On October 13th, Founders Forum hosted the third session in our second season of FF Live, “The Wake-Up Call: How Can Entrepreneurs & Innovation Fix Government?”.
Panellists included John Micklethwait, Editor-in-Chief, Bloomberg News and Adrian Wooldridge, Political Editor, The Economist. The discussion was led by Camilla Cavendish, FT Contributor and Harvard University Fellow.
The discussion centred on how Covid-19 has exposed the flaws of government in Europe and the US, and how greater collaboration with entrepreneurs and technology can play a role in fixing numerous issues.
We would like to offer our thanks to all involved for generously giving their time, alongside the attendees to the session for their contributions.
Notable attendees included Megan Smith, Founder & CEO, shift7 / former CTO to President Obama; Toomas Hendrik Ilves, former President of Estonia; Daniel Korski, Founder & CEO, Public / former Special Advisor to David Cameron; Lord Peter Mandelson, President, Policy Network / Life Peer, House of Lords; and Andrew Griffith, MP for Arundel and South Downs / former Chief Business Adviser to Boris Johnson.
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On the digital illiteracy of government
“Today, our lawmakers have virtually no clue about what is actually happening in tech: the result you get is a bifurcation [of government into digital and non-digital]” – Toomas Hendrik Ilves, former President of Estonia
Governments need to stop viewing digital as a separate tool, and instead look to digitise all internal processes in collaboration with those who understand technology
- Government is stuck in a cycle of technical ineptitude: in order to break this, it is crucial to have politicians who understand tech and the core elements of digital governance, such as secure digital identity and architecture
- The Estonian government began digitising schools in the 90s, and is now at the stage of using blockchain technology to encrypt and protect all critical data, ensuring national data integrity (which, it was argued, is likely far more important than mere privacy)
- Technology is not a substitute for good policy, but rather an instrument for it: good policy comes from politicians and civil servants working together to find a solution with a long-term focus
On public-private innovation partnerships
“If you think more like a venture capitalist, scout and scale, you will find innovators on this planet already fixing almost everything we face” – Megan Smith, Founder & CEO, shift7 / former CTO to President Obama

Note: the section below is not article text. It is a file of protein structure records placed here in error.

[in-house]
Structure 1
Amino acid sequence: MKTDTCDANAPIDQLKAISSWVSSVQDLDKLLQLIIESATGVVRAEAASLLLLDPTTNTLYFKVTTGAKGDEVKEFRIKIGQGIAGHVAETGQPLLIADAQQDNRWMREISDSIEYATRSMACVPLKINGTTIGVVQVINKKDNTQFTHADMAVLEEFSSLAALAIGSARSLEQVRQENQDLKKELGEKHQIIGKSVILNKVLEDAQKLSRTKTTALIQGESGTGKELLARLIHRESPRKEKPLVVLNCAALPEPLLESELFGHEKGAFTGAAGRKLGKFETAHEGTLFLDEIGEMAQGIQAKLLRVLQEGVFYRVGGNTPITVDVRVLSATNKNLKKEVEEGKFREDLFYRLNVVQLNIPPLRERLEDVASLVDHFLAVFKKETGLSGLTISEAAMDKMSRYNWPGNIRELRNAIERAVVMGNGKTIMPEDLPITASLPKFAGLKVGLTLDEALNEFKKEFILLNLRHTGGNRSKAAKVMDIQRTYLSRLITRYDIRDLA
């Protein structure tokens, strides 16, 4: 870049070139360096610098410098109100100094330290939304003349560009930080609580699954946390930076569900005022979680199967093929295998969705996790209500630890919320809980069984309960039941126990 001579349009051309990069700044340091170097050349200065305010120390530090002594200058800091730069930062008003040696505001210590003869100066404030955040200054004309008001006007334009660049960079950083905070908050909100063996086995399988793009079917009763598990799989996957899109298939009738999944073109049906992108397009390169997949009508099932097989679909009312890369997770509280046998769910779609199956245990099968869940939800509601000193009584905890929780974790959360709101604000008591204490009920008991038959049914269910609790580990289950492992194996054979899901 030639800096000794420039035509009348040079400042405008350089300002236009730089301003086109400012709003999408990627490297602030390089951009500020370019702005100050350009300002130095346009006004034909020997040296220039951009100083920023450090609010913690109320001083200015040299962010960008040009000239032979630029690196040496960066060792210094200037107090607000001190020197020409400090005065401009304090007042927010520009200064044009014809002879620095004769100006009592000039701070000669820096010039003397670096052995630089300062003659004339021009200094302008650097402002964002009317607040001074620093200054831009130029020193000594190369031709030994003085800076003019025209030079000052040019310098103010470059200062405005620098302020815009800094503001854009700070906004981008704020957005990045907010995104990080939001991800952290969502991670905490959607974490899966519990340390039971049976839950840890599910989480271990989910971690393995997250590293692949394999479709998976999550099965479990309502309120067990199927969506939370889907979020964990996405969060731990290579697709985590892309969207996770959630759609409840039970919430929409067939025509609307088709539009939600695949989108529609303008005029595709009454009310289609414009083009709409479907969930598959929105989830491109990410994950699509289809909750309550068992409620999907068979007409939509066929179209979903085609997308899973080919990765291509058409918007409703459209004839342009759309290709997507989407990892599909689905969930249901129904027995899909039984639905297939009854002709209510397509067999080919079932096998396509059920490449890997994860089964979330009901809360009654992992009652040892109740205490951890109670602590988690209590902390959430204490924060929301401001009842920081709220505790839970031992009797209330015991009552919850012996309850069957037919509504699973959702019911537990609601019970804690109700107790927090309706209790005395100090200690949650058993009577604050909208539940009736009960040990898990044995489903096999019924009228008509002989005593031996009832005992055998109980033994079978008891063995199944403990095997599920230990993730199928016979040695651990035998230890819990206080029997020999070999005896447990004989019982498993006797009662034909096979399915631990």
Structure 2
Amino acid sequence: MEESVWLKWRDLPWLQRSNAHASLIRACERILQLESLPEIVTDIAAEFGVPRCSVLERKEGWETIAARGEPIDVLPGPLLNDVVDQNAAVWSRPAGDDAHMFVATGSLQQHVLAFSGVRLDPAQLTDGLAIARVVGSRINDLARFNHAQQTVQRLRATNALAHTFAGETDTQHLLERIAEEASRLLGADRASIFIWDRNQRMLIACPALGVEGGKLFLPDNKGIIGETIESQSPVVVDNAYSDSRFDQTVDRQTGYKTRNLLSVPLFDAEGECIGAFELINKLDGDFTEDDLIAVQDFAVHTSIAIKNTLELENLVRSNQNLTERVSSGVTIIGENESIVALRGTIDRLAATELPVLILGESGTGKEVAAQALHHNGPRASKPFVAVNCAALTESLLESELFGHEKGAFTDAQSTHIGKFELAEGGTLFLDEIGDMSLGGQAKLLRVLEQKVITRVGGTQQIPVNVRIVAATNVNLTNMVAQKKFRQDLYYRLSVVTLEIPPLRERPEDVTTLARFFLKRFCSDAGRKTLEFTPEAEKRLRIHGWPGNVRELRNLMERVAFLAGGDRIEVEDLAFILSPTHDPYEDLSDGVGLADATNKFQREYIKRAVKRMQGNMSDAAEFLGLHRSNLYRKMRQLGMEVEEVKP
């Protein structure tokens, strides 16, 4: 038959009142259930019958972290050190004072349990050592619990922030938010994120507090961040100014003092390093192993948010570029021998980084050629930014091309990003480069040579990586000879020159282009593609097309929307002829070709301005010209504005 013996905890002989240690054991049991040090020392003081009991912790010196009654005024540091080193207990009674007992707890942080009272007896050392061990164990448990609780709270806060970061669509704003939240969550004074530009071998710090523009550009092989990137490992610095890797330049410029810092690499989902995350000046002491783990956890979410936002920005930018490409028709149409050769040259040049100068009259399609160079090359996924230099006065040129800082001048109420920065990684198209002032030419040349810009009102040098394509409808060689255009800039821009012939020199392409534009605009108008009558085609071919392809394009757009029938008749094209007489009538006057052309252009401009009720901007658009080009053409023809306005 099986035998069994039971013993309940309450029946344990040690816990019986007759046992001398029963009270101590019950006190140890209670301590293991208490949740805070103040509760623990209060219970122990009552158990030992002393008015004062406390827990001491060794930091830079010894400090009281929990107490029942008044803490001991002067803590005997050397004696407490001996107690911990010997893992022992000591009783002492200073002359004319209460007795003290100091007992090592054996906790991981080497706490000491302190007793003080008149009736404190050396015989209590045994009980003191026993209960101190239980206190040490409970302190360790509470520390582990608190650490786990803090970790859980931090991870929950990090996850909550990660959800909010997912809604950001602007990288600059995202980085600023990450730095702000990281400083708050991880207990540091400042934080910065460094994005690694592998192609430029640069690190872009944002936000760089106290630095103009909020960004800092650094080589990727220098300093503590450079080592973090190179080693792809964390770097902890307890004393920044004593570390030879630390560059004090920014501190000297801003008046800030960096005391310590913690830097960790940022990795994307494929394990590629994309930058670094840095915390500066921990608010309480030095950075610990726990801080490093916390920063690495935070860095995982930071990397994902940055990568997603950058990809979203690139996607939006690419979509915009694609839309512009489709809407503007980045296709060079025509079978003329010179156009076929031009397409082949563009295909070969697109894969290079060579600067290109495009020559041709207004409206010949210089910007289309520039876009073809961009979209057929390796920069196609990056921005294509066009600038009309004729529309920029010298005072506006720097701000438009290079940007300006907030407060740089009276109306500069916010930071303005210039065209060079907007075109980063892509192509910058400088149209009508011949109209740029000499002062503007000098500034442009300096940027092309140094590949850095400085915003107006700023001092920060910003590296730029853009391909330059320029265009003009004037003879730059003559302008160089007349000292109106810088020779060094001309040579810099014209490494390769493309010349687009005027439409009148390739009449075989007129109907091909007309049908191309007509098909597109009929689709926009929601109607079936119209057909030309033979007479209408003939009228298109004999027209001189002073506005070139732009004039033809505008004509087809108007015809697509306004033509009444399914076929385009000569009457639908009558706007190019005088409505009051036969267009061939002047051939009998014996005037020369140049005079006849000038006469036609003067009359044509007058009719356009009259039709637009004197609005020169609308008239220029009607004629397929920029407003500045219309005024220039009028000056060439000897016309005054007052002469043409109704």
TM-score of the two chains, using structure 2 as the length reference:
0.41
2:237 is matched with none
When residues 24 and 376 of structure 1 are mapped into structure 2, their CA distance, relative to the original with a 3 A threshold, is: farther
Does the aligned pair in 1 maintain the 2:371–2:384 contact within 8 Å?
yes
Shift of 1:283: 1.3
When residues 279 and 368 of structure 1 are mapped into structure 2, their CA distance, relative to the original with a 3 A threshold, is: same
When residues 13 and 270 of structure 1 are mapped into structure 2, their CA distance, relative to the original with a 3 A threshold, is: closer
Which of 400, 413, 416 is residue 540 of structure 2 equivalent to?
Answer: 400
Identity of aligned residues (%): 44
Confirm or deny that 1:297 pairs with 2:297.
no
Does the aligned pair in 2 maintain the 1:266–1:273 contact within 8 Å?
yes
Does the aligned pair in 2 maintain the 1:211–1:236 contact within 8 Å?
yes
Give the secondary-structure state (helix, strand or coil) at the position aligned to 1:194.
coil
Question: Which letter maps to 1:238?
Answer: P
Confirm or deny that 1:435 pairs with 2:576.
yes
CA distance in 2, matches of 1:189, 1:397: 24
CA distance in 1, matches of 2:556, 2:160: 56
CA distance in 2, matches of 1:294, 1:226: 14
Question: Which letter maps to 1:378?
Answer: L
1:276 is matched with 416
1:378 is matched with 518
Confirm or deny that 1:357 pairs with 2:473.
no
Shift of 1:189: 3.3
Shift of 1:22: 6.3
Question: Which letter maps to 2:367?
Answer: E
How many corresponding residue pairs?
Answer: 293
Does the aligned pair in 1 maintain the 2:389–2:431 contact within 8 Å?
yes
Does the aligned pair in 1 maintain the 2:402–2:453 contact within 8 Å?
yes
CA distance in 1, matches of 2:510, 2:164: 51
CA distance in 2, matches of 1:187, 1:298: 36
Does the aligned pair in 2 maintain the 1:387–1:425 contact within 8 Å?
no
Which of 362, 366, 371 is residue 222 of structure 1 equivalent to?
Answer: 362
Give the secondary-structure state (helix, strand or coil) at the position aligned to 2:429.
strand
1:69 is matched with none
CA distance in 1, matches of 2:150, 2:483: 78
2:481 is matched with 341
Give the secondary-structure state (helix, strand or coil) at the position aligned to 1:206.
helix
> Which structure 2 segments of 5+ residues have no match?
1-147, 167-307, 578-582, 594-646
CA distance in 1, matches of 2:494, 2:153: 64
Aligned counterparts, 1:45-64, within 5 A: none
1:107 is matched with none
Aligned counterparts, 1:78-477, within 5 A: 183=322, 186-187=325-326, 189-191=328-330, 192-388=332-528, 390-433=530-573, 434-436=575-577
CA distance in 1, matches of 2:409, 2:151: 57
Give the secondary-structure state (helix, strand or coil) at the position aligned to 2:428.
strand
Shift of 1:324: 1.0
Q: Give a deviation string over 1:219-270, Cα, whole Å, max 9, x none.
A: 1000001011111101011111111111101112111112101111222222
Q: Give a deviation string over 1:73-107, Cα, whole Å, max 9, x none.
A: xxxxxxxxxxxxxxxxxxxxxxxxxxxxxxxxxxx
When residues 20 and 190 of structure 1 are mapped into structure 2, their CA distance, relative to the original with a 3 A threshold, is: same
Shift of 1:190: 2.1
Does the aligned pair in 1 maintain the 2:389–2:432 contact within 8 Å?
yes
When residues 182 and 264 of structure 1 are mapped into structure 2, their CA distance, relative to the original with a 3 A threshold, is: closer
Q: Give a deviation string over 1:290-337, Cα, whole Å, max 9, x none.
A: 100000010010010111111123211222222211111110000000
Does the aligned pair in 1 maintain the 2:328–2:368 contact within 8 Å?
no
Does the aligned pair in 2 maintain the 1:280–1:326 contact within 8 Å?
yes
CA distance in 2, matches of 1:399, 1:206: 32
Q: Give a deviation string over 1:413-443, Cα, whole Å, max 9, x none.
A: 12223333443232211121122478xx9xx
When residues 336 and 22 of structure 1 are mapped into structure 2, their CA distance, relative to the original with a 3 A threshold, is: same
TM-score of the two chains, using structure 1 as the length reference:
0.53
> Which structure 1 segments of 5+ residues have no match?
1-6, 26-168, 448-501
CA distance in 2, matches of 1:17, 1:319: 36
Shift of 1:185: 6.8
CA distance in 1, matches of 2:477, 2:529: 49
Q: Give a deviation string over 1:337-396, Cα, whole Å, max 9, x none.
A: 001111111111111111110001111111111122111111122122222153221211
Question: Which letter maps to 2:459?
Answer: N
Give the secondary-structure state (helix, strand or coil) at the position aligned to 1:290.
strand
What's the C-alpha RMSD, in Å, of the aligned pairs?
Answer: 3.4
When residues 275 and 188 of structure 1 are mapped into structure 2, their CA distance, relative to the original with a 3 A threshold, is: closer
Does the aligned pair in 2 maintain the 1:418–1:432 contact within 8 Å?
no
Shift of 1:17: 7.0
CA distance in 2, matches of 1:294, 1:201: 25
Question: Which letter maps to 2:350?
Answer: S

“Government needs to get better at procuring against a problem statement” – Andrew Griffith, MP for Arundel and South Downs / former Chief Business Adviser to Boris Johnson
Rather than attempting to solve problems internally, governments could and should look to the market – there are likely innovators already engaging with these issues
- It would be prudent for government to scout and scale: scout for those already solving the problem, and scale their solution to a national level
- It is important to note the necessity of looking for innovators across all genders, geographies, and societies to create a representative, unbiased set of solutions
On the entrepreneurial elite engaging with government
“On the whole, the new elite are not as involved in governments as the old elite were” – John Micklethwait, Editor-in-Chief, Bloomberg News
“People in the tech industry have far too little interest of concern, or even awareness, of social, political, and ethical issues other than their bottom line” – Toomas Hendrik Ilves, former President of Estonia
The modern entrepreneurial elite play a considerably smaller role in government than the elites of the past
- In Silicon Valley and elsewhere there is a general sense of having succeeded in spite of the public sector and regulators, and a broadly combative attitude towards government
- Government tech-illiteracy could be remedied by a more collaborative relationship with tech giants and their superstar founders
- There are five times more people aged over 60 working in tech departments in the US government compared to those aged under 30, showing the lack of interest of the younger generations working alongside the government
- Participants also made a case for reintroducing non-military national service: to bring in young, clever people who understand tech; and to bind people together from all social background, to form a representative government
On long-term vs short-term thinking in government
“Civil servants are overly focused on short term risk, and therefore open up real problems for long term” – Daniel Korski, Founder & CEO, Public / former Special Advisor to David Cameron
“One of the things that mitigates against taking risk, ironically, is not true experimentation but initiatives for the sake of taking initiatives” – Andrew Griffith, MP for Arundel and South Downs / former Chief Business Adviser to Boris Johnson
Governments should consider long term risk as opposed to short term risk, particularly when it comes to the procurement of goods and services
- The large number of long-running public-sector failures, an inherently risk-averse civil service, and reputation-driven retirement benefits for ex-ministers all contribute to risk aversion in government
- While the policy function of government is rightly risk averse, the commercial function (responsible for the procurement of goods and services) should consider risk in terms of the long term effects on society when signing off contracts
- This could be achieved by bringing in those with commercial intelligence to ultimately sign off commercial government contracts
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